The EIS suggests environmental effects of the preferred alternative are negligible and exposure to radiation would fall within applicable federal limits, even though the risks of potential latent cancer fatalities is marginally higher than if there were no exposure to the radiation at all. 

“To place exposure into perspective with normal everyday activities of the general public, a typical person in the United States receives 310 [millirem] of radiation exposure each year from natural background radiation,” the EIS claims. Comparatively, the estimated total occupational exposure to entirely dismantle the reactor plants is 540 [rem] over three years. 

Along with the radioactivity, the ship also contains asbestos, lead, PCBs and other fuels and oils deemed hazardous. Still, the program “would not have the potential to contribute meaningfully to any potential significant cumulative impact to any of the resource areas,” including human resources, the EIS says.

The work will be subject to more than three dozen federal laws or regulations, including the National Environmental Policy Act, the Atomic Energy Act, the Clean Water Act, the Endangered Species Act, the Coastal Zone Management Act and the Toxic Substances Control Act, among others. Former U.S. Rep. Bradley Byrne of Alabama, who is currently the president and CEO of the Mobile Area Chamber of Commerce, said he was briefed on the proposal years ago and is happy to see it moving forward.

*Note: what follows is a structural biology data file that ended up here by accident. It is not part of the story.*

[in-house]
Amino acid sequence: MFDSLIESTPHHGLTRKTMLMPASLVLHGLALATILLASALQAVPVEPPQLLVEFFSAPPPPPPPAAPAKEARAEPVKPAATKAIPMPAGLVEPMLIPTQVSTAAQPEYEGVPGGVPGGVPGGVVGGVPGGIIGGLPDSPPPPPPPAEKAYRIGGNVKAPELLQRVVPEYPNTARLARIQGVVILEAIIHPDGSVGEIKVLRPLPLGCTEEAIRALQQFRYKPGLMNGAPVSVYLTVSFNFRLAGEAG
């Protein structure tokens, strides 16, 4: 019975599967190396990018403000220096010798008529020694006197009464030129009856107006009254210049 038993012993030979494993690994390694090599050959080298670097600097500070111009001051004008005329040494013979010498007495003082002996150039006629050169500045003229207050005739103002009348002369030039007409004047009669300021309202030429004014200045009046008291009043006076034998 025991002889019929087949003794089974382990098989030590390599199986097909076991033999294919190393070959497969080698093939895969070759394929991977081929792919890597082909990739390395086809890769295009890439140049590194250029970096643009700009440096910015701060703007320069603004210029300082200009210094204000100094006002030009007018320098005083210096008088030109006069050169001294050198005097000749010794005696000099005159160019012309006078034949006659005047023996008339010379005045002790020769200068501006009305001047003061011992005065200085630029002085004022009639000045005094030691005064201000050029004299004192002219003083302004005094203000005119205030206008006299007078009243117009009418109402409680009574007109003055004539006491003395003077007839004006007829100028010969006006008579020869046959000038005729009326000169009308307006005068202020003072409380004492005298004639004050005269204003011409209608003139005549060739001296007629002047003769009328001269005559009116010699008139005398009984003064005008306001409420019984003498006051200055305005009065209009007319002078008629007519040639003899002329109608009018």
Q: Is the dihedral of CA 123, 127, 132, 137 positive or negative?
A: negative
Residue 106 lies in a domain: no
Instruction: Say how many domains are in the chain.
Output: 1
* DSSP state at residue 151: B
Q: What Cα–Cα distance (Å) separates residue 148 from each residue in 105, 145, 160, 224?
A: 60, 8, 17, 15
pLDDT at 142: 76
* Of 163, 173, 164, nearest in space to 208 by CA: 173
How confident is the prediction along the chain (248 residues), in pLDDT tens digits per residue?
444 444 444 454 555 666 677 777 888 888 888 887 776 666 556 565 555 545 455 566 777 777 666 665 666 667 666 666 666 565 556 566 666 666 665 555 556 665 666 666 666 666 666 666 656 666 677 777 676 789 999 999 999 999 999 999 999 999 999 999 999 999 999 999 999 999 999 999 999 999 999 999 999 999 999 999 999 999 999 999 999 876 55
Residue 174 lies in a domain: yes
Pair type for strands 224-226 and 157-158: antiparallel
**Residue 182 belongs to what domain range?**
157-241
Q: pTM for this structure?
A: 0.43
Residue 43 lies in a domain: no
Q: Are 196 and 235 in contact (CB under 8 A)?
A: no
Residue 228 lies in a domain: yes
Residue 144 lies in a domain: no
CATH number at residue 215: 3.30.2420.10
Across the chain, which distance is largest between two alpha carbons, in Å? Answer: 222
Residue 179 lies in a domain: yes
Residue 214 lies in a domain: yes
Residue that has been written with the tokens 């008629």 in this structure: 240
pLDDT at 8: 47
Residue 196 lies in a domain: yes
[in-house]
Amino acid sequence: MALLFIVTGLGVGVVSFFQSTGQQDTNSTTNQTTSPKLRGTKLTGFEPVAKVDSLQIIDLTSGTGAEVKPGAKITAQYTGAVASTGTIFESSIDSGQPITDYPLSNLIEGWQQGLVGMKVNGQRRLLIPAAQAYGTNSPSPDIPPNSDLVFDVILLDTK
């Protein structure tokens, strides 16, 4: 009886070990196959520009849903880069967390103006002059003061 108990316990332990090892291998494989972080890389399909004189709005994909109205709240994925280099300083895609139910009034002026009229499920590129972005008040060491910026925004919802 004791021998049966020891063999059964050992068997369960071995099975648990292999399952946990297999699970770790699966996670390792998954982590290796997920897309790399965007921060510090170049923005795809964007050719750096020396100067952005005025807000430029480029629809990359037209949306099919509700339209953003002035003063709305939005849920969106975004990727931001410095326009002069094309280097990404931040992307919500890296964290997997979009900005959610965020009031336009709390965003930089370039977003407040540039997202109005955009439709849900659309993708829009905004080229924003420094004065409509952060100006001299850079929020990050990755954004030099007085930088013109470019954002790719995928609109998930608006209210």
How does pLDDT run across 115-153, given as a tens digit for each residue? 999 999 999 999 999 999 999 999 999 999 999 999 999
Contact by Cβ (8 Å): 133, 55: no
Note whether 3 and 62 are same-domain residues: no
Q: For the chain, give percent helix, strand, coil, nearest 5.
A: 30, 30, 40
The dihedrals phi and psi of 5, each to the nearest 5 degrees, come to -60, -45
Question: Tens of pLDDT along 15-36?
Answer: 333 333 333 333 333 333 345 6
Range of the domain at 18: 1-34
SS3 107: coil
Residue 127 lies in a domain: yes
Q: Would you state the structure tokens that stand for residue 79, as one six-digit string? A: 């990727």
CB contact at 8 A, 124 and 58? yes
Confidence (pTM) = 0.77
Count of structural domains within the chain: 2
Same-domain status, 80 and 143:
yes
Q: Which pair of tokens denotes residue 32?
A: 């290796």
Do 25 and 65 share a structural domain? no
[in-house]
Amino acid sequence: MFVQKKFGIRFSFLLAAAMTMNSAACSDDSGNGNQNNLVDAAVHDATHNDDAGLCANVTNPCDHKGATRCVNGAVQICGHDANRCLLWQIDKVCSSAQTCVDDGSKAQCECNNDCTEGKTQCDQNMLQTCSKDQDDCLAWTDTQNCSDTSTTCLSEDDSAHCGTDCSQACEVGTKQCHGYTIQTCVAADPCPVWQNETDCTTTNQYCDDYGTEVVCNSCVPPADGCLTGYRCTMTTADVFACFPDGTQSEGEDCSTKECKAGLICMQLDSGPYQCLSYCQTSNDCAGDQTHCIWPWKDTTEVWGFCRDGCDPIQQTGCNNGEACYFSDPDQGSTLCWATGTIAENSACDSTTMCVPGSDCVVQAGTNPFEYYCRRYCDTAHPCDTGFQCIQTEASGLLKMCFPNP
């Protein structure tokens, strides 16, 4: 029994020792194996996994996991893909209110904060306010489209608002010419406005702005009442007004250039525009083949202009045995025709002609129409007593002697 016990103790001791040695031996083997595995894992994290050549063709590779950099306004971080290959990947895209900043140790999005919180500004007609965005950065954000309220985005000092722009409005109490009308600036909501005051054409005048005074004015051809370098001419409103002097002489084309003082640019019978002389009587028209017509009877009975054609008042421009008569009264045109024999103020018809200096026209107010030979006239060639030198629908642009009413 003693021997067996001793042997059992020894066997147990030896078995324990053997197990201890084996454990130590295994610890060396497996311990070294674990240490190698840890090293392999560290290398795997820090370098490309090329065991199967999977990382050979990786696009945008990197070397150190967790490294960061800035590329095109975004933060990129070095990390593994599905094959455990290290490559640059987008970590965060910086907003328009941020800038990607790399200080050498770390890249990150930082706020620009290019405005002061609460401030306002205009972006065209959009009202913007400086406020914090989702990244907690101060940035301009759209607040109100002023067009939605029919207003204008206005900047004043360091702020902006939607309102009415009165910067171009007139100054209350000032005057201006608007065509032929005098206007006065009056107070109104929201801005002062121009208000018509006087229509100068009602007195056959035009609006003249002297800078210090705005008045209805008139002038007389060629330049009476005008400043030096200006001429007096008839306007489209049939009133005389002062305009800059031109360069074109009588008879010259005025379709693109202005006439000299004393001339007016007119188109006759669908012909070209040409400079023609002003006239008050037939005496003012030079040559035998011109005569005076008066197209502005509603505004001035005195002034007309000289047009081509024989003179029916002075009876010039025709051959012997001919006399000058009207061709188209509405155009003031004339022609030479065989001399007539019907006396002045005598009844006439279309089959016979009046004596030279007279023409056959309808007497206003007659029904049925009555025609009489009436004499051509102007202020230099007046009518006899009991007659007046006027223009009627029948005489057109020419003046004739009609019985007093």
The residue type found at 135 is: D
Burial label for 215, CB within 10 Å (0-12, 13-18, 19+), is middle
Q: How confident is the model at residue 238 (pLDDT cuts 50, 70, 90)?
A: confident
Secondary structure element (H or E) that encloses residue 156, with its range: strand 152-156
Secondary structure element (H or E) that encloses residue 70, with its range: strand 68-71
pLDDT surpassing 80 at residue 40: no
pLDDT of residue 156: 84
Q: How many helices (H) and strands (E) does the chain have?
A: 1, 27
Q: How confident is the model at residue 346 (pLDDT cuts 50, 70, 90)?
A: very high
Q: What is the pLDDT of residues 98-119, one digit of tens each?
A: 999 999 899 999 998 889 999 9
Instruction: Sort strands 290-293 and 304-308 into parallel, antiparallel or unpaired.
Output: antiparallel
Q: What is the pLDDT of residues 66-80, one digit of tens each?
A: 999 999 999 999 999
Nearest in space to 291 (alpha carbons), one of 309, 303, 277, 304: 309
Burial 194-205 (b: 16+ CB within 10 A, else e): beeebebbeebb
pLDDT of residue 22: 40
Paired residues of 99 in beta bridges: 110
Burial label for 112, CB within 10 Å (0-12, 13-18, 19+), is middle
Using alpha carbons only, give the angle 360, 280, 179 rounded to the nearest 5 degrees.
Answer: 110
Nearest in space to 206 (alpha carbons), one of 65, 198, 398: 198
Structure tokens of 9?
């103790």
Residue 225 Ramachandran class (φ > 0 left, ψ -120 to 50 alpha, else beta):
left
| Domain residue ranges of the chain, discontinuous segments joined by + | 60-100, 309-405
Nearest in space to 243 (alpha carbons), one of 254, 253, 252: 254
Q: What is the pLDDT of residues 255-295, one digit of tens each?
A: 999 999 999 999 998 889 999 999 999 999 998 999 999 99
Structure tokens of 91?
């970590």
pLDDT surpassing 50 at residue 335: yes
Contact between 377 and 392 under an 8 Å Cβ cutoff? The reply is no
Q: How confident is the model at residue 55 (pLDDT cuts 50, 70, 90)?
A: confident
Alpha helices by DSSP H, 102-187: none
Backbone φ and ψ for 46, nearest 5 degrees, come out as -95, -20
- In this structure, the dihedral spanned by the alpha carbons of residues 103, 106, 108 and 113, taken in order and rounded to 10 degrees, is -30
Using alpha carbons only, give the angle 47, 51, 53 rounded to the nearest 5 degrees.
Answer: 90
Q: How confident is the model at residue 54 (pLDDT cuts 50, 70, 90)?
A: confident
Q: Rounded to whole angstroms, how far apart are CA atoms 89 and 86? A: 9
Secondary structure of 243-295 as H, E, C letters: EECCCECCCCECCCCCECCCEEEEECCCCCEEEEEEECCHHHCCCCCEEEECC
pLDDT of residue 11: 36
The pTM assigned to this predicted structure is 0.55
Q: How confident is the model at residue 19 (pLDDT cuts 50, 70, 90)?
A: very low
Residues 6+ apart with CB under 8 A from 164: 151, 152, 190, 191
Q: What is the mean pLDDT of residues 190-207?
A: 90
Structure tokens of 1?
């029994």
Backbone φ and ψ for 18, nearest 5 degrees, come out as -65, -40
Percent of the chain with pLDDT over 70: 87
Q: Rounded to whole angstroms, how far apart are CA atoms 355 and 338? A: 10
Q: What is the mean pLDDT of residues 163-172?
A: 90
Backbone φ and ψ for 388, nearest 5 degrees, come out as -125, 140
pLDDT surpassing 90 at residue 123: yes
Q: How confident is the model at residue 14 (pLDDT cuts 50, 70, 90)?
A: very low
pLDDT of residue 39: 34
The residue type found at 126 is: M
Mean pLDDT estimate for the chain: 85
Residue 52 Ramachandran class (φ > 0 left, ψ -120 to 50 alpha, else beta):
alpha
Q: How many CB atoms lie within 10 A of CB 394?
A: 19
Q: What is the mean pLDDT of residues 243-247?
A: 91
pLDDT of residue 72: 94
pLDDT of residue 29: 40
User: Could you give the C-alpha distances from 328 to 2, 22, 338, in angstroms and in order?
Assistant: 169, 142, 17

“It’s an extra several hundred jobs” to whoever receives the contract," Byrne said, noting it’s his understanding the work will involve very little environmental or health risks. 

“What I've been told is that [the ship] has been thoroughly cleaned of any nuclear material and contamination, so from that point of view, I don't have any concerns because they have such strict regulations about things like that,” he said, adding local environmental groups have also been in the loop. 

Last year, a U.S. Navy surface ship support barge arrived in Mobile to be dismantled. During its active duty, the barge was used to refuel nuclear vessels or swap nuclear components. Byrne said the work to dismantle the barge is ongoing, and contractors are taking care its environmental effects are undetected. 

“I am thoroughly impressed with the extent to which they follow very demanding protocols to deal with a piece of equipment like that,” he said. “The hoops they have to jump through and the precautions they've made with all the test instruments that are out there … it really gives me a lot of confidence that they're being as careful as they possibly can be and that there really is a very low risk.”

The Draft EIS is open for public comment through Oct. 3. The Navy will host two virtual public meetings on the proposal on Tuesday, Sept. 20 at 4 p.m. central time and Thursday, Sept. 22 at 4 p.m. central time. Additional information can be found at

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Categories / Environment, Government